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Former Chief of Naval Operations nominee used Gmail account for military use, Pentagon probe finds

SUFFOLK, Va. (March 27, 2019) Vice Chief of Naval Operations Adm. Bill Moran speaks to command master chiefs from around the Navy at the 2019 Leadership Mess Symposium. Moran spoke about cultivating toughness, strengthening trust and building winning teams to achieve higher performance and increased readiness.(U.S. Navy photo by Mass Communication Specialist 1st Class Sarah Villegas/Released)
September 03, 2019

A Navy Admiral who was once approved to become the next Chief of Naval Operations (CNO) has been found to have violated Department of Defense rules by using a personal email account for professional military use, according to a Defense Department investigation.

Adm. Bill Moran used a Gmail account to communicate with professional contacts while also failing to properly archive the materials, reported.

“We reviewed 572 pages of e-mails from Admiral Moran’s personal Gmail account, dated from December 14, 2016, through June 5, 2019, which included e-mail communications with the Navy commander and 12 other Navy personnel, including military, civilian, and contract employees,” the Pentagon’s watchdog agency said in a statement Wednesday.

Moran sent emails about sensitive topics including Navy readiness, speeches that hadn’t been made available to the public, areas where the military should increase its presence and reactions to the media.

“I … did not appropriately archive this material in a timely manner,” Moran said, according to the report. Notably, he claimed that “at no time was there any exchange of classified material” in those emails.

Moran was approved by the Senate Arms Committee to replace current CNO Adm. John Richardson in June, but just 25 days later on July 8, he retired from the Navy.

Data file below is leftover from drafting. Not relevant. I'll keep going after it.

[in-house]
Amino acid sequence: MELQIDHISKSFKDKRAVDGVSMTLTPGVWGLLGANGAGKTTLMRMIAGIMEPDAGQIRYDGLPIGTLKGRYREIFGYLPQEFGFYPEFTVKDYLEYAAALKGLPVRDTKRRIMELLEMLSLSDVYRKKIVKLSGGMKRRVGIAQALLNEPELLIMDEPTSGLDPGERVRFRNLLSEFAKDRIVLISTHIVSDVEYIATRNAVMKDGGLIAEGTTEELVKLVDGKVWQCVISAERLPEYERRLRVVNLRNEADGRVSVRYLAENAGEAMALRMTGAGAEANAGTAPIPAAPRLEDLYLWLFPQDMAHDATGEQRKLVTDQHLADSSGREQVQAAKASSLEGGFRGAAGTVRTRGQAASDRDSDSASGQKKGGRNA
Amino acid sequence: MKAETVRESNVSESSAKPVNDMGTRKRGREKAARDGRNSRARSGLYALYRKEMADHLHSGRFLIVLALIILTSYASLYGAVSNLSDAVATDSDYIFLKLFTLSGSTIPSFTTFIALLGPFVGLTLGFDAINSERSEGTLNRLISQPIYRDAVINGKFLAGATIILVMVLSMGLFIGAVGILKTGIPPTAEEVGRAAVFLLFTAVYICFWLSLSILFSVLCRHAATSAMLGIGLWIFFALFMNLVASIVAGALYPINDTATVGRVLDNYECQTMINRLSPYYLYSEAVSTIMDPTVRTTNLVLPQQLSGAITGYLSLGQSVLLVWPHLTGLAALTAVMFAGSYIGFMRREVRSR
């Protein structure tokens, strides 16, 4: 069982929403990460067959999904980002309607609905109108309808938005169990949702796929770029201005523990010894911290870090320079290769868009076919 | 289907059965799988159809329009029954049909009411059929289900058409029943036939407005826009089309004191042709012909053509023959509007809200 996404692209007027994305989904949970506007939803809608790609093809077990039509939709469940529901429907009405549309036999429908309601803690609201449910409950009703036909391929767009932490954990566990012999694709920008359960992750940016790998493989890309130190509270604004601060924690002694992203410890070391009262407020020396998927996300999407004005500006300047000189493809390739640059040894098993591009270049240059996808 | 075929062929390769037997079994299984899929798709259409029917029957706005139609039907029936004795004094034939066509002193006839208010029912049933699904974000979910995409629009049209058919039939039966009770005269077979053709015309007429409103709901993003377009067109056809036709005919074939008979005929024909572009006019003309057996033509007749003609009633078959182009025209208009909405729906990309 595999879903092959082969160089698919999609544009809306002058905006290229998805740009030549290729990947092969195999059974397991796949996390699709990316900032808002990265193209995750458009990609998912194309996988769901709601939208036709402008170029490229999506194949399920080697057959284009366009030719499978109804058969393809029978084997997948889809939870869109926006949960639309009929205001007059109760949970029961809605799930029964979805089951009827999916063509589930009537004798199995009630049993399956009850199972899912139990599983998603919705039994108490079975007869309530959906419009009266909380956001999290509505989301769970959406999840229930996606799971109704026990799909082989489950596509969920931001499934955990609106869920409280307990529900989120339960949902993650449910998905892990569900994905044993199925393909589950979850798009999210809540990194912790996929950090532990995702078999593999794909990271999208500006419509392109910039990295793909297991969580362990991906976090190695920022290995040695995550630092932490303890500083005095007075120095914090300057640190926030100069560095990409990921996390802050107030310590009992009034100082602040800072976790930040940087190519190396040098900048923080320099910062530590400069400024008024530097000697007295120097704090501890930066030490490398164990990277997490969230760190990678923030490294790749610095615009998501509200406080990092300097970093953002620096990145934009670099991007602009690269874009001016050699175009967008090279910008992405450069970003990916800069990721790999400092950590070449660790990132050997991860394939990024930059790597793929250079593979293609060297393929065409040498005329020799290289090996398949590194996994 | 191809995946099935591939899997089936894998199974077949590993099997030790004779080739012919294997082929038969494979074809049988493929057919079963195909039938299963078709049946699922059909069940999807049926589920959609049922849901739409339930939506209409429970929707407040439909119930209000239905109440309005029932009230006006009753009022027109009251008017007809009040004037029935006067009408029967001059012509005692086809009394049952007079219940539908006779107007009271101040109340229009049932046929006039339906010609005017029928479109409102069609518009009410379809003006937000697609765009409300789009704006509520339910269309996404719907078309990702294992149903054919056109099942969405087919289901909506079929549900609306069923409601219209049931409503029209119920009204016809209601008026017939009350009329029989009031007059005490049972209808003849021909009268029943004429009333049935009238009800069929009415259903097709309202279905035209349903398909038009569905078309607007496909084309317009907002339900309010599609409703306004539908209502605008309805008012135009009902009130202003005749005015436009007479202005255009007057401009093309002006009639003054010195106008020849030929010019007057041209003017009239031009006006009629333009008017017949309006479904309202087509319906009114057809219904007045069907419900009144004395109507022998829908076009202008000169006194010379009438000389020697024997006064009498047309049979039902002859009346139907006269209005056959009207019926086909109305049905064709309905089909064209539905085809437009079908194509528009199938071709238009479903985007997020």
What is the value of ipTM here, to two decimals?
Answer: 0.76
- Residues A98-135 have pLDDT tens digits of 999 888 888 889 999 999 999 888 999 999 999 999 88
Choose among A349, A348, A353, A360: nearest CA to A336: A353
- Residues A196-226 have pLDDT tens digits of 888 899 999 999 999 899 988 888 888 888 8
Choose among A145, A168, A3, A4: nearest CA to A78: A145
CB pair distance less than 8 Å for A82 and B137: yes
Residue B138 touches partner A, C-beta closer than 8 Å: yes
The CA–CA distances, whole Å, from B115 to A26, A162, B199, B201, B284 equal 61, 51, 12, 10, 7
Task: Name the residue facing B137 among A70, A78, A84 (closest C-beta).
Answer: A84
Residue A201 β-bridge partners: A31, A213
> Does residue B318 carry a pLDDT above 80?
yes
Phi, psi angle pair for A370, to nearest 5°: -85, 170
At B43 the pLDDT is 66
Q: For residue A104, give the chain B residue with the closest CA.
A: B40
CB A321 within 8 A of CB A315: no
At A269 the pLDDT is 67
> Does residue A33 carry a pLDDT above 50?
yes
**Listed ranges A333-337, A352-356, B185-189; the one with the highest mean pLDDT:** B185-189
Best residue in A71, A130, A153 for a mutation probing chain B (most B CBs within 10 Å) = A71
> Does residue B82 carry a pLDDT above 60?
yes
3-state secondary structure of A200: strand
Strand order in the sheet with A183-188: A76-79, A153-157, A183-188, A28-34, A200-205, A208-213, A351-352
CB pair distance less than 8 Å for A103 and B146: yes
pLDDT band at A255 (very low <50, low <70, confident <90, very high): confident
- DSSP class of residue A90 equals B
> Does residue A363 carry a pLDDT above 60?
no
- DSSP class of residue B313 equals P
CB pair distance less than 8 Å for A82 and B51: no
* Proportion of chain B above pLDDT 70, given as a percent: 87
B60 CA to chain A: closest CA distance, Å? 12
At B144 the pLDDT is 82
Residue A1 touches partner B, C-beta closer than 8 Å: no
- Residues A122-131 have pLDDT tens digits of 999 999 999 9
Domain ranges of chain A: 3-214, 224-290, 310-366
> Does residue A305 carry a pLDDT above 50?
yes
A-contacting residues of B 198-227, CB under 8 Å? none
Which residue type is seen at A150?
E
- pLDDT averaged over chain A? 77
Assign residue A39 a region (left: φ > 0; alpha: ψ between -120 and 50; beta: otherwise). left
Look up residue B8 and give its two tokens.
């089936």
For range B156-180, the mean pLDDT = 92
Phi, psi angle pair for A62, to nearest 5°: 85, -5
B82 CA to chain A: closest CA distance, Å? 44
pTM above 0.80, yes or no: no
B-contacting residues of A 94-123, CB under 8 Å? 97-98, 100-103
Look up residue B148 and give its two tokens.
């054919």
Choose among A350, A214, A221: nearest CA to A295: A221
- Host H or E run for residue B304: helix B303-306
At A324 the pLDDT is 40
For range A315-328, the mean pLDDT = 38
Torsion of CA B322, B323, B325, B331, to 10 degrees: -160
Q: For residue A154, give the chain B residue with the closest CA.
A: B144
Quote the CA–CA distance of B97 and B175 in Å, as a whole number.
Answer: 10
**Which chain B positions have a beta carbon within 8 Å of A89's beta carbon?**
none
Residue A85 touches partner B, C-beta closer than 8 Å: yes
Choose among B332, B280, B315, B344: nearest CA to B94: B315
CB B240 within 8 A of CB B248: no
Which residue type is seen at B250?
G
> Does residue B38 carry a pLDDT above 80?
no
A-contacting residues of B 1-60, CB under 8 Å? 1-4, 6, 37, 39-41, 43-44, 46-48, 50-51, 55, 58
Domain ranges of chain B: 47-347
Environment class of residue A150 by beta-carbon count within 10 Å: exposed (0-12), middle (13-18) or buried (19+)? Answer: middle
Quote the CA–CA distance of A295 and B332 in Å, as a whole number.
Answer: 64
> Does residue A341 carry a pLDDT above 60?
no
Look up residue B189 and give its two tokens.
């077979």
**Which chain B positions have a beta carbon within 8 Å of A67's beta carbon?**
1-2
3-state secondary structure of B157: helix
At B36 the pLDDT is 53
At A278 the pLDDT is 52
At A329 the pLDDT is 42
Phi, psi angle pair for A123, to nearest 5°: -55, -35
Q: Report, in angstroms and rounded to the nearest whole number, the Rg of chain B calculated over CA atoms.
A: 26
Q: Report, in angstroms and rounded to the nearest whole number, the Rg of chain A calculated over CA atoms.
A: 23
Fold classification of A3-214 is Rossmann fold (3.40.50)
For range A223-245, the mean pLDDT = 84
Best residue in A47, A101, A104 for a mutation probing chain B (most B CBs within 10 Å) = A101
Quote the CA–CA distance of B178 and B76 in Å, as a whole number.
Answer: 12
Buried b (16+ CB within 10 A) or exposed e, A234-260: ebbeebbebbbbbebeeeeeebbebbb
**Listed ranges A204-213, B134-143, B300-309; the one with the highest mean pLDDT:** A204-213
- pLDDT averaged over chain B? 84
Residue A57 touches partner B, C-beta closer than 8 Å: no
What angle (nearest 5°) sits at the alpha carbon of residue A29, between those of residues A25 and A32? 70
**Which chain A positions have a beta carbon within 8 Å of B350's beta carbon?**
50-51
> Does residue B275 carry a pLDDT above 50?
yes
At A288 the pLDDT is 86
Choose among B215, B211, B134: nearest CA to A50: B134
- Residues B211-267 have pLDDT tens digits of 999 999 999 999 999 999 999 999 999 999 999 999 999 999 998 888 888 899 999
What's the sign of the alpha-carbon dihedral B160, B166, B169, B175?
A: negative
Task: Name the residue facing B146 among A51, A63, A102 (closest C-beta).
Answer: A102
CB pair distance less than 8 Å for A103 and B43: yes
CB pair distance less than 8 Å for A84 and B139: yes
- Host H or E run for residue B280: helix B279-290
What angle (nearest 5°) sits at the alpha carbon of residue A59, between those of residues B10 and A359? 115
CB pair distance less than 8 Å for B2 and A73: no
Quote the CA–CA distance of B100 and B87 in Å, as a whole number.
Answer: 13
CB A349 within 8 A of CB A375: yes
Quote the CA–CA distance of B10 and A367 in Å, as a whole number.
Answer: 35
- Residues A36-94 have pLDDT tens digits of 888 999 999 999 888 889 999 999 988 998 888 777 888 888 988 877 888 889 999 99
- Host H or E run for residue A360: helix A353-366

He retired when news broke that he was in a professional relationship with Chris Servello, a former Naval public affairs employee involved in a sexual harassment scandal.

“My decision to maintain this relationship was in no way an endorsement or tacit approval of this kind of conduct,” Moran said. “I understand how toxic it can be to any team when inappropriate behavior goes unrecognized and unchecked. Every sailor is entitled to serve in an environment free of harassment or intimidation.”

The current CNO nominee to replace Richardson, Vice Adm. Michael Gilday, has taken a stance to combat scandals rocking the Navy, and previously said he was anxious to review current investigations.

“Ethics is a particularly important point for me and that begins at the top of my leadership and extends through all of the flag officers as well as our commanders, right down through the chief petty officers,” Gilday said. “Every day we go to work, we bring our values with us. It is especially important in combat that those values be maintained.”

Gilday was nominated to become the next CNO on July 11.

“It has never been more important that our Navy have principled leaders who promote respect throughout the ranks, and adhere to a moral code that can serve as an example to all our sailors and Marines,” said committee ranking member, Sen. Jack Reed. “We all expect and demand that you will be that leader.”